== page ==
Fully Exploiting Exadata

As a member of the Real-World Performance Group at Oracle I have participated in quite a number of Exadata POCs over the past two years. Often times those POCs are constrained in a number of ways: time, schema/app modifications, etc., because the objective is a proof, not a full blown migration. As a result there is often significant performance that is left on the table just waiting to be fully exploited — the kind of performance that really makes a database performance engineer excited — mind blowing performance. This includes, but is not limited to, data model changes, SQL query modifications and re-engineering batch processes. The reason these types of modifications get me so excited is that design decisions are often influenced by the then current deployment platform and with the Exadata powered Oracle Database Machine those restrictions are frequently lifted. You see, with Exadata the rules change, and so should your design decisions. Sure, you could just pluck-and-plop an existing Oracle data warehouse database onto an Oracle Database Machine and it would likely run much faster than it does on your current system, and you will be wowed, but you very well may shouting four letter expletives describing how [...]

Oracle datafile IO latency – Part 1

On my post about observing the Exadata V1 I had an interesting comment posted by Mark Seger (author of collectl and collectl utilities) about the correlation of activities across a system, the sample and snap time, and seeing the state of the subsystem before and after

Subquery Factoring (3)

From time to time I’ve warned people that subquery factoring should be used with a little care if all you’re trying to do is make a query more readable by extracting parts of the SQL into “factored subqueries” (or Common Table Expressions – CTEs – if you want to use the ANSI term for them). [...]

The “Not a Problem” Problem and other related stuff

It’s been a while since I visited the Sun Video RSS feed and I found some interesting videos related to performance that are worth sharing and something you could watch over a big cup of coffee..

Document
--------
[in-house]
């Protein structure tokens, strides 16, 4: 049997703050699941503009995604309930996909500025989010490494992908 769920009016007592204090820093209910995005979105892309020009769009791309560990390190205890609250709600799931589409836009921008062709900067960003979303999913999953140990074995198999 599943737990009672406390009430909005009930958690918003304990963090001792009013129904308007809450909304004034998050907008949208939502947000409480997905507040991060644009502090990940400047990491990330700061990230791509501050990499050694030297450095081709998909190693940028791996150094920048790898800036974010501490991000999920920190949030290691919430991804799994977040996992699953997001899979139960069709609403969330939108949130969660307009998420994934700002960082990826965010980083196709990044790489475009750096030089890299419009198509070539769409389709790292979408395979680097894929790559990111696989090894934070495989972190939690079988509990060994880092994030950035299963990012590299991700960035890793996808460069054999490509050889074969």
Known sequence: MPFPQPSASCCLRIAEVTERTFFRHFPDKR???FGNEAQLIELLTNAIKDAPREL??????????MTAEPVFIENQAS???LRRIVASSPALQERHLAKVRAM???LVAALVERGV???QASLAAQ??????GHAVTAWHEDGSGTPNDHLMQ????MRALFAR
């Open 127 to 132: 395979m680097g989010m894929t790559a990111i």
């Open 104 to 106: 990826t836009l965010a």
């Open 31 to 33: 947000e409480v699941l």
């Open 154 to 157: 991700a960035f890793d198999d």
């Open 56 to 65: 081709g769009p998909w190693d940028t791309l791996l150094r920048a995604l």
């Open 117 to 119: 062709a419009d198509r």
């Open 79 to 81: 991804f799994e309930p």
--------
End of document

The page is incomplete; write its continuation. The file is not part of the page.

First is titled Performance: The “Not a Problem” Problem which I could also relate when doing performance analysis for example…

Coalesce

The following question came up in an email conversation a little while ago: Are you aware of any problems a large oltp site might have with running index coalesce during production hours, as opposed to doing index rebuilds in a maintenance window? The main overhead with index coalesce is that it generates a lot of [...]

How to kill performance with 16MB table

If you think 16MB tables are so small that can’t be root cause of significant performance problems with SELECT queries, then read about my today’s headache – a story of 16MB table worth something like 270 seconds of response time. It began mostly as usual: an application web page didn’t show up within 5 minutes. [...]

Aanmelden AMIS Query: “An Evening with Doug Burns”

Doug BurnsOp donderdag 17 juni, vanaf 18:00 uur, zal Oracle Database Expert en Oracle ACE Director Doug Burns(Schotland), een kennisavond vullen met live demo’s op basis van de Oracle Enterprise Manager Diagnostic en Tuning Pack.

Deze bijzondere avond, geheel zonder slides, met de naam “How I Learned to Love Pictures – Oracle 10g/11g Performance Analysis Using OEM” zal alle in en outs van de Oracle Enterprise Manager Diagnostic en Tuning pack in geur en kleur, de valkuilen en de verstopte juweeltjes van de Oracle Enterprise Manager, demonstreren gebruik makend van onder andere Swingbench. Voor meer informatie, over Doug Burns of de inhoud van deze presentatie, zie de volgende blog posts en URL’s:

Wil je er bij zijn dan kun je je aanmelden voor deze AMIS Query, via de volgende URL:

8-)